When the facts change, I change my mind. What do you do, sir?
John Maynard Keynes
When I post on foreign policy issues, I often make educated guesses about US capabiities, or the capabilties of other countries; and I do so based on my decades of study on the issue. Of course, I don't have access to any classified information, so I do infer the intents and natures of various otherwise secrets of national security.
This is what I did on my last posting about North Korea. In listening to an interview with John Pike on Ian Masters Background Briefing, I found Mr. Pike making assertions that directly contradict statements I made in my last blog. Here are his assertions regarding North Korea, highlighted in bold:
North Korea does have an ICBM that has nuclear capabilities. It could launch a strike against Hawaii. I said that the DPRK does not have this capabiity. So far in missle tests, North Korea has never sent a missle all the way to the South Pacific. It is possible that the DPRK has capability for a medium range missle with a nuke on it. Such a missle could reach Japan. However, it is extremely hard to envision what circumstances would prompt the DPRK to launch a missle like this against Japan.
The United States did not apply a direct energy weapon against the DPRK missle launced last week. I said otherwise. Wise says Kim Jong Un launched an old, unreliable liquid fuel rocket to reduce his missle inventory. It is highly likely that future anticipated launches in the near term will also be of this kind. The liquid fuel rockets used often do blow up shortly after launch. And the revelations that the US naval task force is currently off the coast of Indonesia strengthens this assertion.
Iran has been cooperating on joint development of missle and nuclear capabilities in North Korea for some time. This was a total surprise to me, since the 5+1 countries appear to be fully satisfied with Iran's compliance on non-proliferation. If there is any truth to this, it would be an extremely dangerous situation since it could lead to Saudi Arabia and other Gulf States would have a powerful incentive to develop their own nuclear weapons.
And according to Wise, The US and Israel did not succeed in placing the Stuxnet computer malware into the Iranian nuclear program. The fable of Stuxnet was actually a piece of disinformation that slowed the Iranian (and potentially Korean nuclear programs) due to paranoia.
If John Wise's findings are to be taken seriously, this actually puts the North Korean crisis into a much more dangerous and darker scenario. A North Korean nuke capable of hitting Japan could encourage Japan to quickly become a nuclear power, and would encourage South Korea to develop its own nuclear weapon. Nuclear proliferation in East Asia would make the world that much more on a knife's edge. And Iranian involvement inside the DPRK on nuclear weapon and missle development could vastly increase the threat of nuclear war in the Middle East.
In the case of Mr. Wise's findings, this shows the problems of depending on non-classified sources of information. His conclusions lead to much bleaker scenarios as far as world peace and the situation in Korea. But ultimately, the current Korean crisis has led to worldwide confusion and befuddlement regarding the actions of Donald Trump.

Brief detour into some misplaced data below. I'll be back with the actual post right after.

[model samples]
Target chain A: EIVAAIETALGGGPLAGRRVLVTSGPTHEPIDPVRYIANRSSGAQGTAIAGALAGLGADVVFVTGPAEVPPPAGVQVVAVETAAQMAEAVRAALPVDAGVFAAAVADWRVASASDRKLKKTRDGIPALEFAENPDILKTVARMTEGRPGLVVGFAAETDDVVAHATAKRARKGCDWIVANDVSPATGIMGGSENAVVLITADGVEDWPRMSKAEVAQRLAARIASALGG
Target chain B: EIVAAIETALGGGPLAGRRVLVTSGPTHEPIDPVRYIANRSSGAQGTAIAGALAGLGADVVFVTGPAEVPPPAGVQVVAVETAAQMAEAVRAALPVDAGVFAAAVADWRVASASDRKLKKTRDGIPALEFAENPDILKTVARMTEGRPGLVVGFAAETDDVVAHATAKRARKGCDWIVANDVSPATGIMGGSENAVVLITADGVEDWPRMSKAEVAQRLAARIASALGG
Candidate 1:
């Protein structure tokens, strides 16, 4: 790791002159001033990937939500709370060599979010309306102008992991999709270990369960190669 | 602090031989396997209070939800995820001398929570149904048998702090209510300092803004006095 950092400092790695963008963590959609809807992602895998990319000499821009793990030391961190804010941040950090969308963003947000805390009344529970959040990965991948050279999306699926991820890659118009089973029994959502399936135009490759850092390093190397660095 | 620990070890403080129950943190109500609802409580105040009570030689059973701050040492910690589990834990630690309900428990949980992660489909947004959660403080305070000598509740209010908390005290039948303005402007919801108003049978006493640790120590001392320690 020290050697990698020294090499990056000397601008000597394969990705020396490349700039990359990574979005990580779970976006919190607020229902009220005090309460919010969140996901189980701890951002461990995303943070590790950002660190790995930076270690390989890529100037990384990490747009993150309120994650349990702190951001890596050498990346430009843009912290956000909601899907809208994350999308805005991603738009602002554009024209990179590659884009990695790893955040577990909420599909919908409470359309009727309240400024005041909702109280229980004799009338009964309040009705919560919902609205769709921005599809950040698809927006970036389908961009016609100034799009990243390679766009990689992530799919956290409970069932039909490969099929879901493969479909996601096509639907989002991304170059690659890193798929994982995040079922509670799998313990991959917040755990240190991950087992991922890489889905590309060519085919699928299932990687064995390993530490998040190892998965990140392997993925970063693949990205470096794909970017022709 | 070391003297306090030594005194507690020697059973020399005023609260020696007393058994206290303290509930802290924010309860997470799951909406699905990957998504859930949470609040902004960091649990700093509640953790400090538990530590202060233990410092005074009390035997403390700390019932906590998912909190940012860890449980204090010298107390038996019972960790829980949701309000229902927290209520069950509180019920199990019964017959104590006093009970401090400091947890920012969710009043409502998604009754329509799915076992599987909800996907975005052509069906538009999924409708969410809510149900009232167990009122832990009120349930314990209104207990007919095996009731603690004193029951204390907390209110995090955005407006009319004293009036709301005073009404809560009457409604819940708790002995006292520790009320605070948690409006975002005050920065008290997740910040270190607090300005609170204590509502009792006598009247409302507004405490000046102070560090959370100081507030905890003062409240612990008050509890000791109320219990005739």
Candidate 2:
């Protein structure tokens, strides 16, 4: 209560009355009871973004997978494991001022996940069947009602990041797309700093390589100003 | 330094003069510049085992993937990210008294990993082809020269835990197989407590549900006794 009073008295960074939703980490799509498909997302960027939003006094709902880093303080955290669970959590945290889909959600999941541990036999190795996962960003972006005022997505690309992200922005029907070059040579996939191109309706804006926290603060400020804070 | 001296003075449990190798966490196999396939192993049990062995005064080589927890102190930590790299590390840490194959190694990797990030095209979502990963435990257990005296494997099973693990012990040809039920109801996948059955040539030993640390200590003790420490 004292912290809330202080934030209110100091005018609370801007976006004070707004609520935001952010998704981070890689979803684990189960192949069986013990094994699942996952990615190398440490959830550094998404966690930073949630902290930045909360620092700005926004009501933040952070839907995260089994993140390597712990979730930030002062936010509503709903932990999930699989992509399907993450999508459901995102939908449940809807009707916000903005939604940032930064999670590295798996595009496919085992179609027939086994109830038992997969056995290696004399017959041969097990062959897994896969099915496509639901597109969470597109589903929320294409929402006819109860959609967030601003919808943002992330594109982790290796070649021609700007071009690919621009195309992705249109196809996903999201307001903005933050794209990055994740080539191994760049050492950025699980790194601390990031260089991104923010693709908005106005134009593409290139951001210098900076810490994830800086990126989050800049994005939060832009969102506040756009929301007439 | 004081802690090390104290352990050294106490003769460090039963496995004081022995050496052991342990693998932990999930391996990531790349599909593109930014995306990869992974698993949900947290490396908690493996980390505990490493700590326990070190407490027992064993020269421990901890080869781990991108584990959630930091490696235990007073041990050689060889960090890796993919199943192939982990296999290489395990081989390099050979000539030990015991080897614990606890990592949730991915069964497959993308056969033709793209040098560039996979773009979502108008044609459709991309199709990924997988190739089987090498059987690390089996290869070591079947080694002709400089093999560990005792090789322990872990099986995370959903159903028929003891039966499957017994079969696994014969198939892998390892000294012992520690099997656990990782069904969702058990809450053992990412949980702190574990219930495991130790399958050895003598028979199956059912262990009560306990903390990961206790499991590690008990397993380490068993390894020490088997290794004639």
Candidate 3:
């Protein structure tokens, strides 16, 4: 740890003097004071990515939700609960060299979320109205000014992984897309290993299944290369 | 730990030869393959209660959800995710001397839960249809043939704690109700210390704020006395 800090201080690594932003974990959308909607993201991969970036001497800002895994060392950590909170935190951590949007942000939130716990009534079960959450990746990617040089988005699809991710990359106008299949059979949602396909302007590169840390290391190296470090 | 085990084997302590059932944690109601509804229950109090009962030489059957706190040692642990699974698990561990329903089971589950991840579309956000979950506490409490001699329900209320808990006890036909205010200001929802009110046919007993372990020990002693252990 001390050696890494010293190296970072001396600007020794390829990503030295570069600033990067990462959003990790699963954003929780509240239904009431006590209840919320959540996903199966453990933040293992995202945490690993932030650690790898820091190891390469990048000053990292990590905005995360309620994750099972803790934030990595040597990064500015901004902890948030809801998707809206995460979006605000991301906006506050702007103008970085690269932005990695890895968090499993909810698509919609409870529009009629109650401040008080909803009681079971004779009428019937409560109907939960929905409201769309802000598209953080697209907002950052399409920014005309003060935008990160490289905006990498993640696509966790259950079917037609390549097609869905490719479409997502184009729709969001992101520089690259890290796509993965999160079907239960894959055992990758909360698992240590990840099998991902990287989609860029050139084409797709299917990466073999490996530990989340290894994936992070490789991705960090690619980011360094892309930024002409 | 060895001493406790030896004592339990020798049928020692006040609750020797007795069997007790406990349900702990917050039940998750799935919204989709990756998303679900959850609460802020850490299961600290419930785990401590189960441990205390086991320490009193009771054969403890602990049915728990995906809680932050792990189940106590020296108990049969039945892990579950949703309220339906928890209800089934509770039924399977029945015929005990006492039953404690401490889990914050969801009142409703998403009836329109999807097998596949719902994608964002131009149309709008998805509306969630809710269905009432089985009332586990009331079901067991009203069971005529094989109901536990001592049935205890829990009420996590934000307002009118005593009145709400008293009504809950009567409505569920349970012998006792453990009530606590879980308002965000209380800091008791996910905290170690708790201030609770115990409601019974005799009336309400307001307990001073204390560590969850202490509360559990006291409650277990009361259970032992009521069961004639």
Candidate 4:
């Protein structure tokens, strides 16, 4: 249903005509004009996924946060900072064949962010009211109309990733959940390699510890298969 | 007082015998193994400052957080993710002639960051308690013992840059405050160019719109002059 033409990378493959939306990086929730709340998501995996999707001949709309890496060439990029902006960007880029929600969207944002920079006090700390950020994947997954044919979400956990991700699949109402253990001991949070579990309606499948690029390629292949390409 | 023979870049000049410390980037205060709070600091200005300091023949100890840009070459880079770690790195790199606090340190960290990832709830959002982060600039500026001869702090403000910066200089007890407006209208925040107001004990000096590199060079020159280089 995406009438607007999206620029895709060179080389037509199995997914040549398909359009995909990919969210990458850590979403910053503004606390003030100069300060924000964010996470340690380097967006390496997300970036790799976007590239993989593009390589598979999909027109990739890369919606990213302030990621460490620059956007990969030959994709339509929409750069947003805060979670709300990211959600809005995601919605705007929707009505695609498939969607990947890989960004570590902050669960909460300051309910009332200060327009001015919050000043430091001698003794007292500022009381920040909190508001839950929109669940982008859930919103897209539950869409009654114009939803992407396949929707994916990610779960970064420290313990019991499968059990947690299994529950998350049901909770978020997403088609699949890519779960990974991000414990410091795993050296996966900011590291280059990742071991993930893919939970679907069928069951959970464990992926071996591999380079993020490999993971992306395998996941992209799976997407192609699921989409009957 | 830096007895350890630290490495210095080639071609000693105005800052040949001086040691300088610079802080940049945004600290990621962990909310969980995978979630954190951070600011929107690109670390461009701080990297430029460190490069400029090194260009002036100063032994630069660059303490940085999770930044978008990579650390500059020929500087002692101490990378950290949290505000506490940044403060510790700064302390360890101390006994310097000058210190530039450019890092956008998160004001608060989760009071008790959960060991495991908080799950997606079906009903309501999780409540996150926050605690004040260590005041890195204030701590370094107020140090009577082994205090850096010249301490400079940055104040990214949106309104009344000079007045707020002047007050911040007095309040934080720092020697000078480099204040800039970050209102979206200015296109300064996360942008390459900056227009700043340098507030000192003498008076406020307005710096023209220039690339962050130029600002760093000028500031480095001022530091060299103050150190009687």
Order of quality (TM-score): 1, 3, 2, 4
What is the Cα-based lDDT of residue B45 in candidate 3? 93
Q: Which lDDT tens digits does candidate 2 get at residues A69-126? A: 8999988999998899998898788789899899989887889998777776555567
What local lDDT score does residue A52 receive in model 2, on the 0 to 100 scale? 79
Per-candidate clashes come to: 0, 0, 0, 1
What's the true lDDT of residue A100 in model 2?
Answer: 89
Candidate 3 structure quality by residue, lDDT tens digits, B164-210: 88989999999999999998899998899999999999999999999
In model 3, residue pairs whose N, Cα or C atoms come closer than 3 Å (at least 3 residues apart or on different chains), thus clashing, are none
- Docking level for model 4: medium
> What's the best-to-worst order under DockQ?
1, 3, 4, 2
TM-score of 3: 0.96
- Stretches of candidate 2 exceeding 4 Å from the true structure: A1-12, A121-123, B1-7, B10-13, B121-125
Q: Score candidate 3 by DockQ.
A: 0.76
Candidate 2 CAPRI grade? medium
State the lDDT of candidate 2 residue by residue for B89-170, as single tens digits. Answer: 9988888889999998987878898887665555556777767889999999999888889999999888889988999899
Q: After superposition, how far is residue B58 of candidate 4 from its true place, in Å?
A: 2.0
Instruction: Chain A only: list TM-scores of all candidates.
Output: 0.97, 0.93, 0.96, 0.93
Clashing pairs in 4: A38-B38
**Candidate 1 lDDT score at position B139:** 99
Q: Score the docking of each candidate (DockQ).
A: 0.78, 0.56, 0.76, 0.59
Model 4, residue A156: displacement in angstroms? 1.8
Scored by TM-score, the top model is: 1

I have been trying to follow the Chinese reactions to the current crisis, as I believe that the PRC is the most critical player. Going back to the good cop / bad cop scenario that I laid out before, it would be possible for the Chinese to take the lead in the matter after a while. But what I've found is that Chinese officials are as bewildered as anyone else on the warlike pronouncements coming from Der Trumpster. Mike Pence's visit to Seoul appeared to be high-handed, totally disregarding the feelings of the South Koreans. And in his visit to Tokyo, the Japanese put extreme pressure on the US to take a cooperative, subsidiary role to the Chinese.
The ultimate problem appears to be the ego problem of the Commander-in-Chief. His aggressive warmongering leaves him no room to climb down the pole he's scampered up on. Perhaps Mr. Trump will be able to reverse his position in a nanosecond, claiming that he had always been planning to go the way the Chinese and others had directed him to.
But if Mr. Trump finds himself incapable of eating crow, then the probability of a nuclear exchange would be quite high.
The irony of the whole situation is, that the United States could probably effect a regime change by appearing to totally appease and surrender to North Korean demands. If US diplomats were to appear at the Panmunjong in that conference room that straddles the Koreas, and were to offer a peace treaty ending the Korean War and giving full diplomatic and trade relations with the DPRK -- it is highly likely that the Kim regime would quickly implode, as since its founding the Kim regime has been founded on total war and only war with the US and Korea.
Is Donald Trump smart enough to know that there is victory in defeat, and defeat in victory for North Korea? We'll find out soon enough.